Kieboom gets fresh start after tough '20

February 24th, 2021

Last season could have gone smoother for . He could have had fewer ups and downs, less of a learning curve and fewer injuries. He could have made an easier transition from being the Nationals’ top prospect to a starter and sailed through his first year at third base.

But that didn’t happen, and Kieboom thinks it’s better that way.

“There was a lot of failure,” Kieboom said on Wednesday. “Nobody likes to fail, but I think that was the biggest thing that helped me out.”

Kieboom was given the opportunity to earn the Nationals’ starting job on the hot corner last Spring Training, and he ended up platooning the position with veteran Asdrúbal Cabrera. Kieboom slashed .202/.344/.212 with a .556 OPS and 54 OPS+, and he recorded 20 hits and nine RBIs without a home run across 122 plate appearances. Between injuries (left hand, groin) and time at the club’s alternate training site, he appeared in 33 games.

“For me, the approach was there. I felt like I had a good idea what I was doing at the plate,” Kieboom said. “The common theme was just missing stuff -- missing pitches, fouling off too much stuff and not taking advantage of the cookie when it was given.”

Kieboom’s offseason plan was the same as last year -- prepare to be the starting third baseman, a role that manager Dave Martinez said in December was Kieboom’s to earn once again. Kieboom started off by healing the bone contusion he sustained after being hit by a pitch on his left hand in late September. Then he worked on fine-tuning his swing -- which included adjusting posture to eliminate sudden, late movements -- and simplifying his approach.

“It wasn’t this loose, free feeling at the plate,” he explained. “It felt very tied up at times, and that’s not a feeling I used to have -- that I’ve ever had until really last year. … I’ve just kind of evolved into something that’s really close to my body over four or five months. Those first few weeks of moving your hands back just felt a little odd at first. But now it feels great, and it’s exactly the kind of feel I always remember having.”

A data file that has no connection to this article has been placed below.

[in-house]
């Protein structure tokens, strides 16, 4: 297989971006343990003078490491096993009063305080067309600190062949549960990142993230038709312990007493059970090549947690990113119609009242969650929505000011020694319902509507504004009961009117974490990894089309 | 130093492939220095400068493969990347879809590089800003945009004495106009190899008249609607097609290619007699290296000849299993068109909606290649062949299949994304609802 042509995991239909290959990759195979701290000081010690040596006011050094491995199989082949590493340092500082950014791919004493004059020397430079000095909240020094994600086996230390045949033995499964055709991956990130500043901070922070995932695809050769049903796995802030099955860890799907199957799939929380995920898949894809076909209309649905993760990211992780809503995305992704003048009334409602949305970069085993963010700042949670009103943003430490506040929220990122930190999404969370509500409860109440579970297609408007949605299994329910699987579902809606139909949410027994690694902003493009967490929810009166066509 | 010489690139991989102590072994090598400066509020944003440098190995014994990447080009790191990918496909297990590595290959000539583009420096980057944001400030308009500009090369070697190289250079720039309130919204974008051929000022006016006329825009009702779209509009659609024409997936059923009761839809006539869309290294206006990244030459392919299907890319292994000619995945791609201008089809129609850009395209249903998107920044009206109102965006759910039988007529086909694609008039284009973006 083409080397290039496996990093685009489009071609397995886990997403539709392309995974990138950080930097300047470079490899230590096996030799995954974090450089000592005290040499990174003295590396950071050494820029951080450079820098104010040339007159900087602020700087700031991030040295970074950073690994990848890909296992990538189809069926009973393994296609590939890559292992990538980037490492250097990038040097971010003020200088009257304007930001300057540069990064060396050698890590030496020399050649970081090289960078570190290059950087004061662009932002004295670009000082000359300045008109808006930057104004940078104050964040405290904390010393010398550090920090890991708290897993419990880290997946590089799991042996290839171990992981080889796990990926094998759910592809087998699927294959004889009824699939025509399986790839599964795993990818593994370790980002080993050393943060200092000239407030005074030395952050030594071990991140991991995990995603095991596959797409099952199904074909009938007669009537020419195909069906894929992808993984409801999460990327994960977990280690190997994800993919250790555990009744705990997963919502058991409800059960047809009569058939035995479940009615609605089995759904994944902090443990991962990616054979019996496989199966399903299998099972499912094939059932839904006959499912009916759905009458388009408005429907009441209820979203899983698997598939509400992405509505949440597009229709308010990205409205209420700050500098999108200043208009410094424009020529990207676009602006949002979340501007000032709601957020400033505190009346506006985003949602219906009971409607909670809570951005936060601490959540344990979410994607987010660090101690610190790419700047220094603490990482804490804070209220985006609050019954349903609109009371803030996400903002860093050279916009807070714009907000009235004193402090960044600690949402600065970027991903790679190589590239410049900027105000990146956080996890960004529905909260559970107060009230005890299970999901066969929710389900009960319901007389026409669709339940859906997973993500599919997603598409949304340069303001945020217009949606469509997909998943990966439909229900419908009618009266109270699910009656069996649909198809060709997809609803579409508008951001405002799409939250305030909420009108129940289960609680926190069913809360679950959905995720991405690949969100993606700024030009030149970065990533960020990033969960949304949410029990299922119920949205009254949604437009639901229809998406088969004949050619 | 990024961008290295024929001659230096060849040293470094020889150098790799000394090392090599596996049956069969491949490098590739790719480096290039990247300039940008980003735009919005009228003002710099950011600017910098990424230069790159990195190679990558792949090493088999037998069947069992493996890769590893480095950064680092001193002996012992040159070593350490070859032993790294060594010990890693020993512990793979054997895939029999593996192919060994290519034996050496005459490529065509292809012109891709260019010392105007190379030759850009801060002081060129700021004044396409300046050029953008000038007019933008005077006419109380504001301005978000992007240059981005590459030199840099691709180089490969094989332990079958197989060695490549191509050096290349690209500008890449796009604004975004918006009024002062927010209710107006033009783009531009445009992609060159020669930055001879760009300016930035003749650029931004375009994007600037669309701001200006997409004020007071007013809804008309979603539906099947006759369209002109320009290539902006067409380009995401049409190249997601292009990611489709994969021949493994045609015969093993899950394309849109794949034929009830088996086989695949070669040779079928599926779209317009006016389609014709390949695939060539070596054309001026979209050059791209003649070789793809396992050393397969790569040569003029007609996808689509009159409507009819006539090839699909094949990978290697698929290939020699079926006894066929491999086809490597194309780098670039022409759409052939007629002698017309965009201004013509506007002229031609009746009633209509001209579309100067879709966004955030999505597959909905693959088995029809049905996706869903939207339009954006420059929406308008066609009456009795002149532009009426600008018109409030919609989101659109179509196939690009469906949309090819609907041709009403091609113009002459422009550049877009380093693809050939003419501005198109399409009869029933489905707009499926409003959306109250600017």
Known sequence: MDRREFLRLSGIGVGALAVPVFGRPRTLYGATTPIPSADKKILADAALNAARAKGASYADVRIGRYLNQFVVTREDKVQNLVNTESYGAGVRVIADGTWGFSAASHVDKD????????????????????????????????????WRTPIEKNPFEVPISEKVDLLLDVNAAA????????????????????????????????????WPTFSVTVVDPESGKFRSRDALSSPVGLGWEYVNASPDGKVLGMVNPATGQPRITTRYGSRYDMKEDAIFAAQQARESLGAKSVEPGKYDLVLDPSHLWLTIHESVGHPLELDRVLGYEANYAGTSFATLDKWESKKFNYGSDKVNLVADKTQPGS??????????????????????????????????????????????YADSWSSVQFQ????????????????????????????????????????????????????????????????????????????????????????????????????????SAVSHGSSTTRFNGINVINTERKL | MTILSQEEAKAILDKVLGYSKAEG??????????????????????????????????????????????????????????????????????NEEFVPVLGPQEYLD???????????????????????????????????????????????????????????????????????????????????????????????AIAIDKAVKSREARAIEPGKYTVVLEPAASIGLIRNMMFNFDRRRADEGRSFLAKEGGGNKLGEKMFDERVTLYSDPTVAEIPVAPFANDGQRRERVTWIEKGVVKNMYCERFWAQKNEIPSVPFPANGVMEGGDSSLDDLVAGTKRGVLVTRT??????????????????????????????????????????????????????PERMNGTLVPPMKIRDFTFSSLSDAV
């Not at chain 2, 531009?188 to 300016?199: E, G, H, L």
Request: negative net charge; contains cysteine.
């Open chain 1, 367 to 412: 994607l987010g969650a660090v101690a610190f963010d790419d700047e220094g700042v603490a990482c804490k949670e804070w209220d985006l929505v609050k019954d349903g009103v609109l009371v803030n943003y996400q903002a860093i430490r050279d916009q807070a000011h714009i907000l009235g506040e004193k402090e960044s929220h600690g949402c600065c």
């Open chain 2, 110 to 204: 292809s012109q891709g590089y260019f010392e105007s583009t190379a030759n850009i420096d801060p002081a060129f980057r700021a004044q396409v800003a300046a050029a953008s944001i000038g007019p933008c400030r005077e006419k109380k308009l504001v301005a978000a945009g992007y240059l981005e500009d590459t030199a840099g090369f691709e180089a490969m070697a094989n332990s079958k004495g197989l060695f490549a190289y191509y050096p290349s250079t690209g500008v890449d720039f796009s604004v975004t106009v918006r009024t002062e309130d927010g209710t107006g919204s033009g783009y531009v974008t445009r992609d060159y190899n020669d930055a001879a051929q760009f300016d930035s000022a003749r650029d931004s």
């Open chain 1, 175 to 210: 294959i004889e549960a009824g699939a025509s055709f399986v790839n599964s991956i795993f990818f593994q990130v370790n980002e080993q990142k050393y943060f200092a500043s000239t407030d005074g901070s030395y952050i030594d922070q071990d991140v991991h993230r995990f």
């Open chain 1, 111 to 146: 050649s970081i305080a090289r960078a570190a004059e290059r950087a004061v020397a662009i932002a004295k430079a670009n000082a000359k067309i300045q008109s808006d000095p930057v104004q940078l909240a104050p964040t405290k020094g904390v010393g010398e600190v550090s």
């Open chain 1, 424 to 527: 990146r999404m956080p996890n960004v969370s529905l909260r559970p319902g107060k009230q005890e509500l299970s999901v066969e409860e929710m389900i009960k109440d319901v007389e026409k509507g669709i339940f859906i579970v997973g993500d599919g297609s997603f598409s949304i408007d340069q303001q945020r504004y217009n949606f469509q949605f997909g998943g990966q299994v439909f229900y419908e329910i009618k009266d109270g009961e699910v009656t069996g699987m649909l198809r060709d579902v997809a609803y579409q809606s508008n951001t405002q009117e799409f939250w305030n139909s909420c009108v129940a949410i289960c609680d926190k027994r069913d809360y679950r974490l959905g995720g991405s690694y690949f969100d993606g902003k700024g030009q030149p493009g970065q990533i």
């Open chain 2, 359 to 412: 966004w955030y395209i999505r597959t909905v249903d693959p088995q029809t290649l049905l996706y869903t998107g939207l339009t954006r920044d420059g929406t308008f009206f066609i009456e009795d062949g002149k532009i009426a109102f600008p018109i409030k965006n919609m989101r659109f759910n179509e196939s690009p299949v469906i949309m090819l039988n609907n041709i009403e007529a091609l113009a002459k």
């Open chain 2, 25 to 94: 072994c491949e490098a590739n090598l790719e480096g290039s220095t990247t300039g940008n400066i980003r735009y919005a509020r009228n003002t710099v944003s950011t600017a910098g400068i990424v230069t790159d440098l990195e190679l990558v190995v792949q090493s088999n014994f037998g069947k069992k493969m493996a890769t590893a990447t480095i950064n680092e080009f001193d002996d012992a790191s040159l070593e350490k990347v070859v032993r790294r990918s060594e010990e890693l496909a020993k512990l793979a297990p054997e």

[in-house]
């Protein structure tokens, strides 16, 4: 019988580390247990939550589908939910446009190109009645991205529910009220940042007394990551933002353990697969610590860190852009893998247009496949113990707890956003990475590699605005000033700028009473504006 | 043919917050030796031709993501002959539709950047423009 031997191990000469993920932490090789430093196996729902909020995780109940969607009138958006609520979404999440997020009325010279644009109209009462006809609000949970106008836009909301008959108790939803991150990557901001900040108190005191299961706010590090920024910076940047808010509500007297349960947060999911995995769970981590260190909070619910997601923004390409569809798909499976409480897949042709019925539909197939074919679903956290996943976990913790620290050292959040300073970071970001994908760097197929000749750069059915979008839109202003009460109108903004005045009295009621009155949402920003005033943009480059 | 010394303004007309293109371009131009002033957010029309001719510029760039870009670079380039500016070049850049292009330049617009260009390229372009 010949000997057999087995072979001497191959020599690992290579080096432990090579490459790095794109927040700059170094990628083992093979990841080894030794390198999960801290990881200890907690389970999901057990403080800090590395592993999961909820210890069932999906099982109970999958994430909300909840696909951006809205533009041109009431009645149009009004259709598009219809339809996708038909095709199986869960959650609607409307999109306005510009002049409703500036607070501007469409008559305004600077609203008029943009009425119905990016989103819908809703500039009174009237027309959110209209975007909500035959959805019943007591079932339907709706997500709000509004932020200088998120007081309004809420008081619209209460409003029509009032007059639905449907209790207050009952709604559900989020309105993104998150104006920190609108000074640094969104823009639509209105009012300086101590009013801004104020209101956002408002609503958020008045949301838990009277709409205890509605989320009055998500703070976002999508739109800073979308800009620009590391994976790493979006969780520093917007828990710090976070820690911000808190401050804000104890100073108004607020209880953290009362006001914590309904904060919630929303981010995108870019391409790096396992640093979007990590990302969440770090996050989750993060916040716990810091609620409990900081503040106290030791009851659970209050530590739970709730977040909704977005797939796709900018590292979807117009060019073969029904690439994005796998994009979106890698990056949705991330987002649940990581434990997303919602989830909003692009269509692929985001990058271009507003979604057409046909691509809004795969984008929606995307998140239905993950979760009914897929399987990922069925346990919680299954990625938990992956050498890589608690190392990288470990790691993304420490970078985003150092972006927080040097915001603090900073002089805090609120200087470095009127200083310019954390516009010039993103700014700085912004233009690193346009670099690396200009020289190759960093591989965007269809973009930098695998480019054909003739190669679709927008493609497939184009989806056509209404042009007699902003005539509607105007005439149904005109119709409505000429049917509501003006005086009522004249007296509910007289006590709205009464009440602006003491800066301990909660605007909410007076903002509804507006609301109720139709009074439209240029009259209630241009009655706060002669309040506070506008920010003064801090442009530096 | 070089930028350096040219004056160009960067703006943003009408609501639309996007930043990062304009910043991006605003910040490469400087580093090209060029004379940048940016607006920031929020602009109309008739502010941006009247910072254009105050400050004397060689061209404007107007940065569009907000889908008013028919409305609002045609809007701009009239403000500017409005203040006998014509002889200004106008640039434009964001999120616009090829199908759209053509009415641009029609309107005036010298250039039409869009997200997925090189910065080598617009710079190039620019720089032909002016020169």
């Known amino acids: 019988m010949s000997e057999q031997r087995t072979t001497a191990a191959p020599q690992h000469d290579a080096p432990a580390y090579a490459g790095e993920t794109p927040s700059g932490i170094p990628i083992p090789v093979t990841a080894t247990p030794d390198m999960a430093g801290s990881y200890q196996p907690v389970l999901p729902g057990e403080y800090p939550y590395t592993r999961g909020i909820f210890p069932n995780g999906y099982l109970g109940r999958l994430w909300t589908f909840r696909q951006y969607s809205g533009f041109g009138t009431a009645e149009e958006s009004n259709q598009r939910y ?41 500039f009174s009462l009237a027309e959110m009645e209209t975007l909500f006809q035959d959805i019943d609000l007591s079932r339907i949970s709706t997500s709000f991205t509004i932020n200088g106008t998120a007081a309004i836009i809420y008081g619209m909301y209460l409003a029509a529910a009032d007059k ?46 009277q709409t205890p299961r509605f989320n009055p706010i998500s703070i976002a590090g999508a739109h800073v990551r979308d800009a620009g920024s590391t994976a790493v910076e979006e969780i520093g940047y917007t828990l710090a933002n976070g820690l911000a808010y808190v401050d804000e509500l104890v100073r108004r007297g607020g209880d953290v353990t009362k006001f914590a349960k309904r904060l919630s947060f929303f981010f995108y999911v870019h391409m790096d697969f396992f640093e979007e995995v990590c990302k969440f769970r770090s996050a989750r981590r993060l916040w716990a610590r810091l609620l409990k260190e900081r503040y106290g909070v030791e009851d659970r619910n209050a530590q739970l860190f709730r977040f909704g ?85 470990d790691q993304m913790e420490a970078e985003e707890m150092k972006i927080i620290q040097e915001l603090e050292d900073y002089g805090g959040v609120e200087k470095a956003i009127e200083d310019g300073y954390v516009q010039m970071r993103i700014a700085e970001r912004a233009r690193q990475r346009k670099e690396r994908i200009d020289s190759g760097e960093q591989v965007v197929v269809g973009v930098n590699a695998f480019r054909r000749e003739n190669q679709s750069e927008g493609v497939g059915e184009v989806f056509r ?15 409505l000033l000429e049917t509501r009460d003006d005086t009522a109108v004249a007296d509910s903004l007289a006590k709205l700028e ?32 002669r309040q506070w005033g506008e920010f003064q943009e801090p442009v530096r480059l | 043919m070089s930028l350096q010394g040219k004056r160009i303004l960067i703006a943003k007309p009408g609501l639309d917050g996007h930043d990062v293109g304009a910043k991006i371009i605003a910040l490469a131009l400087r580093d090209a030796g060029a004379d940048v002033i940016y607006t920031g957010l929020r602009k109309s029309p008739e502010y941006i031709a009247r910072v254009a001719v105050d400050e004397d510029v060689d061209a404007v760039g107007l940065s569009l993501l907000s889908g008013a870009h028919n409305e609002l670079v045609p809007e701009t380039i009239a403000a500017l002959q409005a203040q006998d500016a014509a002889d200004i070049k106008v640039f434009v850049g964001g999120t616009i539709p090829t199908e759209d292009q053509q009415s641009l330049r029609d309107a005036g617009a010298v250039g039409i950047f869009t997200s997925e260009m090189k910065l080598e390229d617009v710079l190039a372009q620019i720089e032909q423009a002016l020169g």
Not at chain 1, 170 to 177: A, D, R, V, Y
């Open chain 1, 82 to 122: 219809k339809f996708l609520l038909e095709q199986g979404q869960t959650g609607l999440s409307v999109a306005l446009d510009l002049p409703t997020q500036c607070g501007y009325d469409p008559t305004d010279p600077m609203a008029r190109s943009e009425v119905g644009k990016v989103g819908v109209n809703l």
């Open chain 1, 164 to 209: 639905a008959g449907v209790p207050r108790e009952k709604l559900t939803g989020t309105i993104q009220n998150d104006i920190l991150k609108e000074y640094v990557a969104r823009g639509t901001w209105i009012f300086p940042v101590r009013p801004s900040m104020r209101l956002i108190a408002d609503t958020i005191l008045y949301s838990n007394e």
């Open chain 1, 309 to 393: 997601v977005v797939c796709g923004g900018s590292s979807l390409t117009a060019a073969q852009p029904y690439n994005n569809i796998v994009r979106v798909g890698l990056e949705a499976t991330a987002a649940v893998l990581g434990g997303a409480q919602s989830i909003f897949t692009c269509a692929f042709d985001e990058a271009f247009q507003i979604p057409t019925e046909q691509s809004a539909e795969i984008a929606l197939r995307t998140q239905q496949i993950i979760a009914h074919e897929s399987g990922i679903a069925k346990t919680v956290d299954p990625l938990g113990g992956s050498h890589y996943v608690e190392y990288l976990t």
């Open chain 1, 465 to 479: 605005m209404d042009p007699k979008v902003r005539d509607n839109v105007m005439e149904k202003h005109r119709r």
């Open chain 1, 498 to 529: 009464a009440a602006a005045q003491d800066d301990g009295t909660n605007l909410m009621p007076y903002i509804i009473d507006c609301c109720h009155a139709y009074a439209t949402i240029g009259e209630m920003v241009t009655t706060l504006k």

As a first-year third baseman, Kieboom posted a .966 fielding percentage in 255 2/3 innings. Last season, he had the veteran Cabrera as a mentor to help guide him through the position. This season, he noted he can seek advice from utility player Josh Harrison, as well as infielders Trea Turner, Ryan Zimmerman, Josh Bell, Adrián Sanchez and Jordy Mercer in Spring Training.

“I think third base is an awesome position,” Kieboom reiterated. “Any time you can stay in the infield, that’s awesome. I like to be [involved] in every pitch. I always loved catching growing up as a kid because you're involved in every pitch, and the infield is the next closest thing to that for me.”

The spotlight that was on Kieboom in 2020 will remain shining on him in '21, but the self-described “even-keeled” 23-year-old doesn’t feel pressure to prove himself. He understands the magnified view of a Major Leaguer, and his goal is to continue learning from what didn’t go his way last season rather than letting it define him this year.

“Especially when you're being scrutinized, especially when you're in the big leagues, it’s highlighted, it's emphasized a lot more,” Kieboom said. “The best way to go about it for me is just, 'Every day is a new day.' There are new opportunities. There's a new time to have success. So, for me, it's just another day and it's another opportunity to play third base in the big leagues.”